Poetry & Money: A Speculation is a study of relationships between poets, poetry, and money from Chaucer to contemporary times. It begins by showing how trust is essential to the creation of value in human exchange, and how money can, depending on conditions, both enable and disable such trustfully collaborative generations of value. Drawing upon a vast range of poetry for its exemplifications, the book includes studies of poetic hardship, religious verse and debt redeeming, the South Sea Bubble and the economic revolution, debates over metallic and paper currency in the eighteenth and nineteenth centuries, as well as modernist struggles with the gold standard, depression, inflation, and the realised groundlessness of exchange value.
With its practitioner’s attention to the minutiae of poetic technique, it considers analogies between words and coins, and between poetic rhythm and the circulation of currencies in an economy. Through its close readings of poems over many centuries directly or indirectly engaged with money, it proposes ways in which, while we cannot escape monetary economies, we can resist, to some extent, being ensnared and diminished by them – through a fresh understanding of values money may serve to enable, but ones which are nevertheless beyond price.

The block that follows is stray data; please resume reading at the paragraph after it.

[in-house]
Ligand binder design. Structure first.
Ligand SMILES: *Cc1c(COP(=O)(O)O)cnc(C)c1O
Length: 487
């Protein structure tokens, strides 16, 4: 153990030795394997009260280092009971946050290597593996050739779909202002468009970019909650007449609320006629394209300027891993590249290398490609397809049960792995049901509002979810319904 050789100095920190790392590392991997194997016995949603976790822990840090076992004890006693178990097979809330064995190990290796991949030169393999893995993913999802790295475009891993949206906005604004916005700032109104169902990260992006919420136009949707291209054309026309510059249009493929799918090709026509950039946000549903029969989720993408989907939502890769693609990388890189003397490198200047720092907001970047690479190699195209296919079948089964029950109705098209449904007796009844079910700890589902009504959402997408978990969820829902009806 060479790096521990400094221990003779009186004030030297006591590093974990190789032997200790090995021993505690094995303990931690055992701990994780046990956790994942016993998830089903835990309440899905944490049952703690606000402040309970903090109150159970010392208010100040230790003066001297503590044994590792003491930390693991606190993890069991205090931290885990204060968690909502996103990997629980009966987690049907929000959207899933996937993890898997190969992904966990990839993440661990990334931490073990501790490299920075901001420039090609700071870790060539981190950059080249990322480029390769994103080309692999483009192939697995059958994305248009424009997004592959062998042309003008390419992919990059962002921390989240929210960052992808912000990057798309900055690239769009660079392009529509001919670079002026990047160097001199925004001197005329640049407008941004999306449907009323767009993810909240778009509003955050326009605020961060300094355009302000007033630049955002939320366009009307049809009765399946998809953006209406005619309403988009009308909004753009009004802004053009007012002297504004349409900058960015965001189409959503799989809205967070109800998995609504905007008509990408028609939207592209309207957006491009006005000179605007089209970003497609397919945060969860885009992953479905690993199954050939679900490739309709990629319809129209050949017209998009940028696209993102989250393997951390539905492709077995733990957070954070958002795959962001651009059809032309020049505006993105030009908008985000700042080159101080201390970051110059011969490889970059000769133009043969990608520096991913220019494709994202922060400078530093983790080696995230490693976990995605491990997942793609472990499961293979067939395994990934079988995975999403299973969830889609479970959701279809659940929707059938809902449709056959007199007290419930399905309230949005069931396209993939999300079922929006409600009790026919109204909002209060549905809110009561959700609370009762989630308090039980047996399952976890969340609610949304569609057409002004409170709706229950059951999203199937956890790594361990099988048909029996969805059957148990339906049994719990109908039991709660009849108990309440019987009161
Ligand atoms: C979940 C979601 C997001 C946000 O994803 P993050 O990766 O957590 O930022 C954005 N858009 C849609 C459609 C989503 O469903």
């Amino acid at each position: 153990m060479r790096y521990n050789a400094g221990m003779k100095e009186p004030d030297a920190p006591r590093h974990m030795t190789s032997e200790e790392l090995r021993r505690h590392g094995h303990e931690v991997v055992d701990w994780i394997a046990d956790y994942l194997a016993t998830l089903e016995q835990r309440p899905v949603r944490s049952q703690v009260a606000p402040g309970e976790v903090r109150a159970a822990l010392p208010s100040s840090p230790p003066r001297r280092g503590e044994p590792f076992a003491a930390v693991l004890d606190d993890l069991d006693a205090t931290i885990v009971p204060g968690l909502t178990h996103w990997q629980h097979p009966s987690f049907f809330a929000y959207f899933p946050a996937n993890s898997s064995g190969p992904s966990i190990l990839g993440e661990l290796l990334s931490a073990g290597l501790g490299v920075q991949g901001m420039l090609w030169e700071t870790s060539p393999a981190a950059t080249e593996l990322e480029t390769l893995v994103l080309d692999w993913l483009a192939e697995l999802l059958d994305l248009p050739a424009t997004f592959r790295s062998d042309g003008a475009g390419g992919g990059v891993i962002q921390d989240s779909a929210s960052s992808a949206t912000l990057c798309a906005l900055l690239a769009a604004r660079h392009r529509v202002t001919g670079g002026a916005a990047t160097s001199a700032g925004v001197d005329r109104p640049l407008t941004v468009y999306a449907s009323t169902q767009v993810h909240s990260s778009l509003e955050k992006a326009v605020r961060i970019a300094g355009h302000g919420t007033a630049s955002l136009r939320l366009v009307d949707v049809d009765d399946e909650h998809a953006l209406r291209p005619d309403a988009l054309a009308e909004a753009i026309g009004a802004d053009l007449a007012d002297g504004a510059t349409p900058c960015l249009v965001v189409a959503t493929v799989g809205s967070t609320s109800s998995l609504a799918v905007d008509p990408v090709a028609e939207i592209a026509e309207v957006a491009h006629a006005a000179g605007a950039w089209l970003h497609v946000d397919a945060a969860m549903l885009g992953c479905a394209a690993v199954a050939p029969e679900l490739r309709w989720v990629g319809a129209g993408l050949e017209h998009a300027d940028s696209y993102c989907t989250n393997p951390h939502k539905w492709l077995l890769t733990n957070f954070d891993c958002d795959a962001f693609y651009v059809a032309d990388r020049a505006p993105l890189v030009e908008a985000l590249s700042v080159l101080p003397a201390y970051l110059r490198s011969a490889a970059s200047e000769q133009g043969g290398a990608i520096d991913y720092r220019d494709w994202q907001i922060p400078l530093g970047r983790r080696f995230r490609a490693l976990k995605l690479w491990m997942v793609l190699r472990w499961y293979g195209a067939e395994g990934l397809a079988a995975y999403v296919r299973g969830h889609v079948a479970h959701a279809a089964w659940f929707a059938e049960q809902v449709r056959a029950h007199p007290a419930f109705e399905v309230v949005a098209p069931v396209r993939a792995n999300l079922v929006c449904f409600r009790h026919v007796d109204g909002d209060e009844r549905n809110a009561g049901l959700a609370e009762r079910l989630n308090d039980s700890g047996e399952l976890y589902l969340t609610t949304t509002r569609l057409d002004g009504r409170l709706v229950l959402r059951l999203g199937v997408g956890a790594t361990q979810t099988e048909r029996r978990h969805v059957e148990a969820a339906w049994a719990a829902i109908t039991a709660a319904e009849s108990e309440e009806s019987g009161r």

'To call this original book "rich" and "rewarding" (and I do) is only to demonstrate the extent to which money and its metaphors permeate areas of cultural value and valuation. Examining those metaphors is essentially the method of this study, though Robinson never forgets that artworks assert their value in unique, if compromised, ways. Robinson transacts an enviable sweep across the poetries of several centuries and cultures, using his deep and wide knowledge of poetry. Expect some fine archival research, as well as novel and exciting close readings of some canonical and less canonical figures.'
Robert Sheppard, Emeritus Professor of Poetry and Poetics, Edge Hill University